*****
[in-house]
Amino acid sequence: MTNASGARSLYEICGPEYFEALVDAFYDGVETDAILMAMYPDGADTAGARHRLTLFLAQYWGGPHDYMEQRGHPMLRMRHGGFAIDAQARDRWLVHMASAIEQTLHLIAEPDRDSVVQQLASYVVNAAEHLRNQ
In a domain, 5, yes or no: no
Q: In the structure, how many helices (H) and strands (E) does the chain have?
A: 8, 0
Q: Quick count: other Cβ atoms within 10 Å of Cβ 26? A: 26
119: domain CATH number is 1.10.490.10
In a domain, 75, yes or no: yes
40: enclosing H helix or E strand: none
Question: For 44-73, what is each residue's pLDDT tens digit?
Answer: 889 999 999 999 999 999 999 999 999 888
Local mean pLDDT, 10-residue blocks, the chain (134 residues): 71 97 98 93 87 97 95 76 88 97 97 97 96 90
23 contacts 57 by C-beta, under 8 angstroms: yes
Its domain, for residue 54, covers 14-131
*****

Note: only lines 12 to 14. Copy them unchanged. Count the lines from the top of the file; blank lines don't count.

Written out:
Local mean pLDDT, 10-residue blocks, the chain (134 residues): 71 97 98 93 87 97 95 76 88 97 97 97 96 90
23 contacts 57 by C-beta, under 8 angstroms: yes
Its domain, for residue 54, covers 14-131